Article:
Unwilling to wait a further 18-months for surgery inside the government’s health care monopoly, he paid $77,000 out-of-pocket for surgery in the U.S. Consistent with the Supreme Court of Canada decision in Chaoulli, Darcy seeks a declaration that the Government’s ban on private medical insurance violates his right to life and security of the person. A decision is expected some time in 2014. The Justice Centre is the first organization in Canada to have secured a court hearing to extend the Supreme Court’s Chaoulli decision (“access to a waiting list is not access to health care”) to a province outside Quebec.
Read more about Darcy Allen’s battle with the government health care monopoly
Wilson v. University of Calgary
On April 17 the Alberta Court of Queen’s Bench heard oral argument on behalf of seven University of Calgary students who were found guilty of Non-Academic Misconduct for having set up a pro-life display on campus. JCCF president John Carpay has been representing these students since 2007. The JCCF’s Court application seeks to overturn the guilty verdict. A decision is pending. (Photo: from left) President John Carpay represented University of Calgary students Cristina Perri, Cameron Wilson and Asia Strezynski at a hearing of the Alberta Court of Queen’s Bench, April 17 2013.
Free expression at airports
On July 15, the Alberta Provincial Court upheld the right of peaceful protest in the public sections of the Calgary International Airport. John Carpay has represented eight young Canadians since October of 2011, when the airport charged them with trespassing for having peacefully expressed their views.
Judge Fradsham acquitted the defendants in R. v. Booyink, noting that they were peaceful, well-behaved, and did not interfere with any of the airport’s operations.
The Calgary Airport Authority has now applied for an injunction to prohibit the protesters from attending the Airport, making the same argument which the Crown made in R. v. Booyink and which were rejected by Judge Fradsham. The Justice Centreargued this case in Court on October 30.
Free Speech Wall campaign
In 2013, we launched a new campaign to build free speech walls at Canadian universities.
Within 24 hours of the our first free speech wall going up at Carleton University, a student vandalized the display and removed it from its location in the main atrium. The Carleton Students for Liberty, which co-hosted the wall event with the Justice Centre, was not long deterred and quickly rebuilt the Carleton free speech wall. This prompted national attention, Canada-wide media coverage including the National Post and Sun TV, and a campus-wide discussion about the importance of campus free speech.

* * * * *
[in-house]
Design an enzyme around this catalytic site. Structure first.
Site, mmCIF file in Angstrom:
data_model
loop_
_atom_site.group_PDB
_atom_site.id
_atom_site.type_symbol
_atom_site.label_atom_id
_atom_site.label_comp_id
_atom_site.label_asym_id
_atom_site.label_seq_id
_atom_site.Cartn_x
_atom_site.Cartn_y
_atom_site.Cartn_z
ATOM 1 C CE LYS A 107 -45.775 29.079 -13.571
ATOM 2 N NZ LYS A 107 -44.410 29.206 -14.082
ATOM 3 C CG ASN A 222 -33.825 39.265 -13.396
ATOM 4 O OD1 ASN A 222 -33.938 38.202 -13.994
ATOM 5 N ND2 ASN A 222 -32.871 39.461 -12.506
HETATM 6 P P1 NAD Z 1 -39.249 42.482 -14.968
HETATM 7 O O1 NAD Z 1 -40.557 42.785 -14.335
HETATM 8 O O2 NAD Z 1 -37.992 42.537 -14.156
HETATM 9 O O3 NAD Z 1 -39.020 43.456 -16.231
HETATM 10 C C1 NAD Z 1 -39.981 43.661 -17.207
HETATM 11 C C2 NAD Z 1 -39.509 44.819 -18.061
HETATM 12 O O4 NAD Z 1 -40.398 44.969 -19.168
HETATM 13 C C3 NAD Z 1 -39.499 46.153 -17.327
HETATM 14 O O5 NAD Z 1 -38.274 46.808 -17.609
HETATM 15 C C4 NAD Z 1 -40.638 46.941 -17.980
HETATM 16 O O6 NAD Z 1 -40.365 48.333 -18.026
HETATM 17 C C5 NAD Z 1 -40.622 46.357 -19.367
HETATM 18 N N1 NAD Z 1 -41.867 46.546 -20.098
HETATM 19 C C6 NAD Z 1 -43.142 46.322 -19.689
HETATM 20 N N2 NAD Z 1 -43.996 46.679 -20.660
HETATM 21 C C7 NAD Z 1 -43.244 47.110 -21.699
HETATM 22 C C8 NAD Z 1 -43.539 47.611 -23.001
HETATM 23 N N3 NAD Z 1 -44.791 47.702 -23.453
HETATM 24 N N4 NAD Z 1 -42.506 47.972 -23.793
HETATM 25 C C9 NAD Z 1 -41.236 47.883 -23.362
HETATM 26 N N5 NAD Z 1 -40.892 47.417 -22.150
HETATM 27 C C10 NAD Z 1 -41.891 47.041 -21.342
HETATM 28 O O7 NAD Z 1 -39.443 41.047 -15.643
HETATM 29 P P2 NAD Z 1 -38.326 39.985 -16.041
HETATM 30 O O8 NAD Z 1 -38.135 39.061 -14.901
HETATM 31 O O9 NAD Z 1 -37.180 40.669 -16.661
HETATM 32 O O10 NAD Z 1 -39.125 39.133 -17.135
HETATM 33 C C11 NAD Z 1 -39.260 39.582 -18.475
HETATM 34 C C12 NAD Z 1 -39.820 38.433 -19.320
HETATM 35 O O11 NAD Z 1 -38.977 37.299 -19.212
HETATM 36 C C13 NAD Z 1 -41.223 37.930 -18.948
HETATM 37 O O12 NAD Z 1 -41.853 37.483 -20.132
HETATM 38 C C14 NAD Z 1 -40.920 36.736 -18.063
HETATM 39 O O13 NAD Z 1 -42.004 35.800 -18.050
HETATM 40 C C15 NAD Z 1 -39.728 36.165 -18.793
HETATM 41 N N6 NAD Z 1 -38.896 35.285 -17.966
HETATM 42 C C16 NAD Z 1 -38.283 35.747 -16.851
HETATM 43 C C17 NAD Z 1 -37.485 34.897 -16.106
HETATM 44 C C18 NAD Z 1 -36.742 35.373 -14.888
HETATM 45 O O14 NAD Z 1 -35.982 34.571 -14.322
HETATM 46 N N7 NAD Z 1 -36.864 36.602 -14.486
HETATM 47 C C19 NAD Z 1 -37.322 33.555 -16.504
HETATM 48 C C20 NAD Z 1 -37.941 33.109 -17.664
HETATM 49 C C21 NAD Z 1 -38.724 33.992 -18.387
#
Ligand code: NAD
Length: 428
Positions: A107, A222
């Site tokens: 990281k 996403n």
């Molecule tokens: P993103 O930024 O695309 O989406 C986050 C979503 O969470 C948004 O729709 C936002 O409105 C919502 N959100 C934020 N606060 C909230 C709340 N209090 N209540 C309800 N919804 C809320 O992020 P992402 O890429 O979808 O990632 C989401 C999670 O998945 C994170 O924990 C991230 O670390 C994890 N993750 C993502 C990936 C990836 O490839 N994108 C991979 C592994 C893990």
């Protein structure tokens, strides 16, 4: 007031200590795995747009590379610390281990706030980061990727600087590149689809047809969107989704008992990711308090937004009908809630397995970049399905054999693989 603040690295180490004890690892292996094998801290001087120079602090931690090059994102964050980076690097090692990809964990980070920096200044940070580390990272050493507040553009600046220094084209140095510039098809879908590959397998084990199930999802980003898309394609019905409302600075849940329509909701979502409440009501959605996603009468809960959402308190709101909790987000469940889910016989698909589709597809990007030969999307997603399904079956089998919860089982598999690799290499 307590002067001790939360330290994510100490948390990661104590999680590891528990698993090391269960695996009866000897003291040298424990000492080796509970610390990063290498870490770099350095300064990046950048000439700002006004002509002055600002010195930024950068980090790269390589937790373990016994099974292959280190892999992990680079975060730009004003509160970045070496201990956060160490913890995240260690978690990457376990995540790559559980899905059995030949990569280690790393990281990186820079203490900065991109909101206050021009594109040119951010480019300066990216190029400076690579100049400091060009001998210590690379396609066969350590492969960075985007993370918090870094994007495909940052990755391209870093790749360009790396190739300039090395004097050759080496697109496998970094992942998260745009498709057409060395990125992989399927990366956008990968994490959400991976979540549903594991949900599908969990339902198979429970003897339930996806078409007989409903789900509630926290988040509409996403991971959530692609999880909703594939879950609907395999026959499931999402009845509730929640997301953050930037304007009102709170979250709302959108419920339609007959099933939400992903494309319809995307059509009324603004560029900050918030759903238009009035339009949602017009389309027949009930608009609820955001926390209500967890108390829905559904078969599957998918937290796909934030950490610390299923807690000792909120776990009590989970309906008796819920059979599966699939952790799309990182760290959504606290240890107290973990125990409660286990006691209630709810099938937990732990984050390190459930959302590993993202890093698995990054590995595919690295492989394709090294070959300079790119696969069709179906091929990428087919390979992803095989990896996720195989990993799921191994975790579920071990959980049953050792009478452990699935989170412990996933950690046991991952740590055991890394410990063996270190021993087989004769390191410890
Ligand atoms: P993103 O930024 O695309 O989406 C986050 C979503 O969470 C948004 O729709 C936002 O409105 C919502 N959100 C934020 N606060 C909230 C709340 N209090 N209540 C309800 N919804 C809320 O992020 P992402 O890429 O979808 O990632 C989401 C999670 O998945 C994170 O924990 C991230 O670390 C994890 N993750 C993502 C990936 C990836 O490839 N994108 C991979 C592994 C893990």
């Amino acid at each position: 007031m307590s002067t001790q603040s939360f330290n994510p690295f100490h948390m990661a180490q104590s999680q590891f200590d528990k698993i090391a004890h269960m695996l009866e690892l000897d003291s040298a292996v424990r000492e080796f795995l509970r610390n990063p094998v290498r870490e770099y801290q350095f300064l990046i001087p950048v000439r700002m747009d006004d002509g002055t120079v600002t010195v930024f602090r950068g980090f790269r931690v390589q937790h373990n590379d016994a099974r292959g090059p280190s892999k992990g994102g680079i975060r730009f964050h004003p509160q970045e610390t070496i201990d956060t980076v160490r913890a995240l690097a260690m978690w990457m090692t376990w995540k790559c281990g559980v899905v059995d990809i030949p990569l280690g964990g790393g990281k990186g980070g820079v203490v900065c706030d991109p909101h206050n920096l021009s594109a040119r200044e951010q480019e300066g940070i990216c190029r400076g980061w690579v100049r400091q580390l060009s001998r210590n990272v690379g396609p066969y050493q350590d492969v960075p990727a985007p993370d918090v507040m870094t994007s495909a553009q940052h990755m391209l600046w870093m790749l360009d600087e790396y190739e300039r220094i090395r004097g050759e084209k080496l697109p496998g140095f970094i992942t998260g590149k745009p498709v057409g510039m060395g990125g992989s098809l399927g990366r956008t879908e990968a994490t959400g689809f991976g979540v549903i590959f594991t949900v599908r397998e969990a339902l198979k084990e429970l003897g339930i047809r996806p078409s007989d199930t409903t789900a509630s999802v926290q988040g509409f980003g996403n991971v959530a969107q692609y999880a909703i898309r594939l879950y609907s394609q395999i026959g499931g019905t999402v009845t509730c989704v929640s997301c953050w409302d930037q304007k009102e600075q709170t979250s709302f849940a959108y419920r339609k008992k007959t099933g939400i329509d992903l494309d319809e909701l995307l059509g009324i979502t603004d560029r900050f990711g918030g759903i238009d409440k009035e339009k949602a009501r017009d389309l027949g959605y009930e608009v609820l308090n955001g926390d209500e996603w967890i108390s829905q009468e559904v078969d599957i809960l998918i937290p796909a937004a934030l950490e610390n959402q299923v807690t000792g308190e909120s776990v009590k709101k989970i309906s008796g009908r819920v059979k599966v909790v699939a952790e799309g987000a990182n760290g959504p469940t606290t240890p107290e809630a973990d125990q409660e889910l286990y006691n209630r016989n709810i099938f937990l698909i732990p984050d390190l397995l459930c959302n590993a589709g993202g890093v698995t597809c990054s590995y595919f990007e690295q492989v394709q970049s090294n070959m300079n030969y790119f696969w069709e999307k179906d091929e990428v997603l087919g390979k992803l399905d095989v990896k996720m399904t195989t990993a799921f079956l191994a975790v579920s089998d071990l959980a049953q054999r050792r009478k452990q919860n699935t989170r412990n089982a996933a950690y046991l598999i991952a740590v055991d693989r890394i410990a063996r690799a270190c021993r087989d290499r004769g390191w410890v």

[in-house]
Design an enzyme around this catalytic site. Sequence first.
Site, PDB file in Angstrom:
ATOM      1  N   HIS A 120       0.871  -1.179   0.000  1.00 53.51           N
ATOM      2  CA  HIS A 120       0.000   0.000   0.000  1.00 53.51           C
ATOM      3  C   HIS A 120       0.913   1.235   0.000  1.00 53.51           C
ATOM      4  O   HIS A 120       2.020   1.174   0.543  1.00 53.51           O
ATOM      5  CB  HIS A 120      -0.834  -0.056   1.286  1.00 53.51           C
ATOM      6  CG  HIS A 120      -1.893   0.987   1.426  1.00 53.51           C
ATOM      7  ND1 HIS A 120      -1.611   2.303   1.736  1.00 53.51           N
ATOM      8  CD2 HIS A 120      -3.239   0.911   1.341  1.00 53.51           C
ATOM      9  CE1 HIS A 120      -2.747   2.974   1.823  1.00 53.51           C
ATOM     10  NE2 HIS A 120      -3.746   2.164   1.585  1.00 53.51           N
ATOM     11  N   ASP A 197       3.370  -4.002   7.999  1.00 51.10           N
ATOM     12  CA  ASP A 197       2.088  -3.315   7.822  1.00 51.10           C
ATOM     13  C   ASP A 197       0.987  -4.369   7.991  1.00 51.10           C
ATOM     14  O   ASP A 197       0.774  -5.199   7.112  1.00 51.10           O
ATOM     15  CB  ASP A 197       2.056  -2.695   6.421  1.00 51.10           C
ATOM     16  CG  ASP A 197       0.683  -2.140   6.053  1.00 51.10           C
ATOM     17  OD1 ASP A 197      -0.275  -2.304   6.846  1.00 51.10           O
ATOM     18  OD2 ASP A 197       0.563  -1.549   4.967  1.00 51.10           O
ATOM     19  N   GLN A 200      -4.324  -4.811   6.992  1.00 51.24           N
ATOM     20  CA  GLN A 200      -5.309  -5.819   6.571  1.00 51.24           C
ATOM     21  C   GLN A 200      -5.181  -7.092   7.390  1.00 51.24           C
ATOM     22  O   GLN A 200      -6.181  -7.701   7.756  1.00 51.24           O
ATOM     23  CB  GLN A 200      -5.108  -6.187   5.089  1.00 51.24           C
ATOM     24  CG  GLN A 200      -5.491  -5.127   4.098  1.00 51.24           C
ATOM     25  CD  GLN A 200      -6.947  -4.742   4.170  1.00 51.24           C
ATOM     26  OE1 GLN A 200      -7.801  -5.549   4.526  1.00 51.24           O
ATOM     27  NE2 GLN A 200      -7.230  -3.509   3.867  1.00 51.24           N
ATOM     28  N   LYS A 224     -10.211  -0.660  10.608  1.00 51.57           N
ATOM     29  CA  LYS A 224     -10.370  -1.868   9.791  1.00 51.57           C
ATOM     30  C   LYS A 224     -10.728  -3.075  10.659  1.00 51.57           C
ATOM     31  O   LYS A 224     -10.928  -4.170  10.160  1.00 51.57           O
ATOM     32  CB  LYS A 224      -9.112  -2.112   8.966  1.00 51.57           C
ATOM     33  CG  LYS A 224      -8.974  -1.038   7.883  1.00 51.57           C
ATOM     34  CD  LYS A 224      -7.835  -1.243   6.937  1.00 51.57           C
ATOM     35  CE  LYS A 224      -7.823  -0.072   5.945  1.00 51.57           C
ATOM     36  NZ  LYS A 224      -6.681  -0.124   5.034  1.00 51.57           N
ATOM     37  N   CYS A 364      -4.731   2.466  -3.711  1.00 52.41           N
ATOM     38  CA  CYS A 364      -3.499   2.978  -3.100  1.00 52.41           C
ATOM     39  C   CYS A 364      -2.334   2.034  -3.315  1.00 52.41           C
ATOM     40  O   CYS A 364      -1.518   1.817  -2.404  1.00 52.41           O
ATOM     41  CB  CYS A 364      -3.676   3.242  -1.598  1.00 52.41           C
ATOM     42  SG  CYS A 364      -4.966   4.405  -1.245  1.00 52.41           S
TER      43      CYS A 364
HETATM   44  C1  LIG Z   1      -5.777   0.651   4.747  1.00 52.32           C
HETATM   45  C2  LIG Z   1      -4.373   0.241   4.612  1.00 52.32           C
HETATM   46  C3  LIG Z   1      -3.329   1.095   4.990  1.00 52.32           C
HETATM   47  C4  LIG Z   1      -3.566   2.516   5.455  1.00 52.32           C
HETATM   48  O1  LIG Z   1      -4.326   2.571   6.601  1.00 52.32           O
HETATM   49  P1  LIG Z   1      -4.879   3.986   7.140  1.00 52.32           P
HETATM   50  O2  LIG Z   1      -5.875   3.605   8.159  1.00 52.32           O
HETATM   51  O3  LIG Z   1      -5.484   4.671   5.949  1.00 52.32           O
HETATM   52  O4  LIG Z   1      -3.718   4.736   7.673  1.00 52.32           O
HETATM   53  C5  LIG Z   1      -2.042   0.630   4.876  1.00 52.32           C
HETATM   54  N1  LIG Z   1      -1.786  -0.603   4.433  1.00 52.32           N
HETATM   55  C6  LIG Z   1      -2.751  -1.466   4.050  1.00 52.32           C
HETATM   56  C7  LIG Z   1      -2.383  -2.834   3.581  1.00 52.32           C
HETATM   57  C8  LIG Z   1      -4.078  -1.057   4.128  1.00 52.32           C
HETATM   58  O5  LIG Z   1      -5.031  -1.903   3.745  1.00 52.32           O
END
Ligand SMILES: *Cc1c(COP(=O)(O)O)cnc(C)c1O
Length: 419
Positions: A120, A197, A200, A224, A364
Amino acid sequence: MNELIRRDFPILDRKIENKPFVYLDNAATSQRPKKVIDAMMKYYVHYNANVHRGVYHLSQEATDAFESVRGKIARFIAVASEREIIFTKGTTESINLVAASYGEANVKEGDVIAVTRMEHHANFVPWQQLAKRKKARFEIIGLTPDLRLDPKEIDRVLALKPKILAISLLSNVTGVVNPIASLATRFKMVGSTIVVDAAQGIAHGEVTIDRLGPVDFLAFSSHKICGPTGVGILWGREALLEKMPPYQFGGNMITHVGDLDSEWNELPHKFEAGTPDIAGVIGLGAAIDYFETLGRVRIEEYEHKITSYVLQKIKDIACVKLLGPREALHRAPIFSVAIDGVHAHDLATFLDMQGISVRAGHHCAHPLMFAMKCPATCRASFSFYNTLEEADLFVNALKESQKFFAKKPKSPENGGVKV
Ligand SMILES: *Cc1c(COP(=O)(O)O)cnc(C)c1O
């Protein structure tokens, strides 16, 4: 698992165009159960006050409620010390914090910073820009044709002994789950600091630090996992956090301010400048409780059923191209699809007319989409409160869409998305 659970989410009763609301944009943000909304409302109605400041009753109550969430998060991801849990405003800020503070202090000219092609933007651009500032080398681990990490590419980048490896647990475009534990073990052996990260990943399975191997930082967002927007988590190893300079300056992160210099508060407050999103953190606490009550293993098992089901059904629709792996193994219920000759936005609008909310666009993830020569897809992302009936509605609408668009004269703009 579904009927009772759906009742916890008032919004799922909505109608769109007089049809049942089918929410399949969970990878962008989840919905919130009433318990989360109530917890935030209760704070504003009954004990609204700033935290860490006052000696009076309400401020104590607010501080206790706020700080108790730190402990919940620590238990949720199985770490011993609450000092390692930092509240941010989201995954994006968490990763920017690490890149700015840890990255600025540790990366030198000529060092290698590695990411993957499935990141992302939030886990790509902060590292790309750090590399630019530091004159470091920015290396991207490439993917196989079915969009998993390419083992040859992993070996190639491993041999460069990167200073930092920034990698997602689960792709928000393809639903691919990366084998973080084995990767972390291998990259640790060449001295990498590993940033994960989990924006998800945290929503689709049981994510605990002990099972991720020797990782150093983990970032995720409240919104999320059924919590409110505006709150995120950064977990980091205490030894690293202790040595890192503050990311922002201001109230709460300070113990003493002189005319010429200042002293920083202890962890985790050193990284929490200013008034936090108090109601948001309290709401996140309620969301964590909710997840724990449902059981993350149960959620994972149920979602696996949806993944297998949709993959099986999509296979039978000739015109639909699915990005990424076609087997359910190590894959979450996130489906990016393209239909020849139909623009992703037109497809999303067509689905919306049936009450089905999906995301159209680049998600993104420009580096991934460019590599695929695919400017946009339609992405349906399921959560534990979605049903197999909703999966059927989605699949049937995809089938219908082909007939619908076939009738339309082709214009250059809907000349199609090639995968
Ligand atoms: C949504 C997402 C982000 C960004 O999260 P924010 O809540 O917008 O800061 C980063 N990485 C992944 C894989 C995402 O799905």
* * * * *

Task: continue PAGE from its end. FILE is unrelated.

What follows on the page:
Students at York University demonstrated the power of free speech in encouraging discussion and tolerance during their free speech wall event held on March 18 and 19.
Queen’s Students for Liberty hosted a free speech wall event on campus on April 2. That evening, the free speech wall was shut down by the university’s Assistant Dean for Student Affairs, Arig Girgrah, citing unspecified concerns about offensive content. A second wall was shut down again and confiscated by Queen’s University officials, who refused to provide any examples of speech they considered “offensive” and were unable to explain which university policies (if any) were violated by the free speech wall.
Queen’s Students for Liberty successfully held another free speech wall event on November 4, and were relieved that the university did not try to shut down their display once more.
On October 24, the student group Canadian Advocates for Freedom and Liberty (CAFL) raised a free speech wall at the University of Calgary, co-sponsored by the Justice Centre. The wall was full of text within hours of being set up, and served to educate students and faculty about the importance of free expression to our democracy and the pursuit of truth.
We held our first ever essay contest in 2013, receiving 79 submissions from university students across the country. The question for the contest was “Positive rights vs. negative rights: which should prevail, and why?” Judges were impressed with the quality of writing and intelligent arguments presented by these young people. First place ($1,000) was awarded to Christopher Nguyen of McGill University, second place ($500) to Lawrence David of McGill University, and third place ($250) to Janessa Williamson of Wilfrid Laurier University.
We are funded entirely by the voluntary donations of freedom-minded Canadians who agree with the Centre’s goals, mission, vision and activities. The centre is independent and non-partisan, and receives no funding from any government or government organization.
Please support our work and allow us to continue defending the constitutional freedoms of vulnerable Canadians. The Justice Centre is a registered charity (charitable registration number 817174865-RR0001) and issues official tax receipts to donors for donations of $50 or more.
P.S. Donations must be made by December 31, 2013 in order to qualify for the 2013 tax season. Make your tax-deductible contribution securely online.
Thank you for your support!